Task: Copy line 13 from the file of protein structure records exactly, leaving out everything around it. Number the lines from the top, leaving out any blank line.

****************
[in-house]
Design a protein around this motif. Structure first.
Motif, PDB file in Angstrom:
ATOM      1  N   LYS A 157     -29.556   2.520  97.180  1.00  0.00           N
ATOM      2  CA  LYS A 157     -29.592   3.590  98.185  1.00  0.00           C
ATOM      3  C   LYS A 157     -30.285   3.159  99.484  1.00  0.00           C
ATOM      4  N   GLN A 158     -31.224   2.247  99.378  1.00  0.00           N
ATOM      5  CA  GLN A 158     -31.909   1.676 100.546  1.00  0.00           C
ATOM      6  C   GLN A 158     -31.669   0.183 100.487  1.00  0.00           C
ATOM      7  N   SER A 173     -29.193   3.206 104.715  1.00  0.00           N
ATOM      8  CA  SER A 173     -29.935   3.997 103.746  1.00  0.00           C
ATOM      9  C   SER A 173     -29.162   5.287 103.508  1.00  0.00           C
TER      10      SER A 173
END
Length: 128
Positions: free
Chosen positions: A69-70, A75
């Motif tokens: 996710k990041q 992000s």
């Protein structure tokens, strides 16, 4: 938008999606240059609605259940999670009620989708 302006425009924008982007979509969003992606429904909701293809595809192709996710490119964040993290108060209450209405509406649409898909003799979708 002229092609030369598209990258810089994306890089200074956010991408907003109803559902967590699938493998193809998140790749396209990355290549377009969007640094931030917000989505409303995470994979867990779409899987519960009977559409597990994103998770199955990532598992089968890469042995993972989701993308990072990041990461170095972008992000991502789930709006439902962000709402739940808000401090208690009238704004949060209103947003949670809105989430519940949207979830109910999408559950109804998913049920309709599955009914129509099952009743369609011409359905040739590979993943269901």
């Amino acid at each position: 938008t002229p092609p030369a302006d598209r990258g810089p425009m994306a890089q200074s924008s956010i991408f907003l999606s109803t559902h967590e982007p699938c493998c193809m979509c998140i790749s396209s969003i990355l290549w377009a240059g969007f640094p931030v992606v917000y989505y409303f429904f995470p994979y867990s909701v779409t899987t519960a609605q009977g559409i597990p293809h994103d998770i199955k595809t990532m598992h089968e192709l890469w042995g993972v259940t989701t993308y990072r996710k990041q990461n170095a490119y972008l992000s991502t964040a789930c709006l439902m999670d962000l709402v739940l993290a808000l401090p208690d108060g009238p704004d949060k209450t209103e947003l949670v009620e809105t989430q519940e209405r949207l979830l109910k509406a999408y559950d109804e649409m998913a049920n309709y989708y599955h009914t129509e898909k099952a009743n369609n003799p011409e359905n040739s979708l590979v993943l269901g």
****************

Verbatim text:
TER      10      SER A 173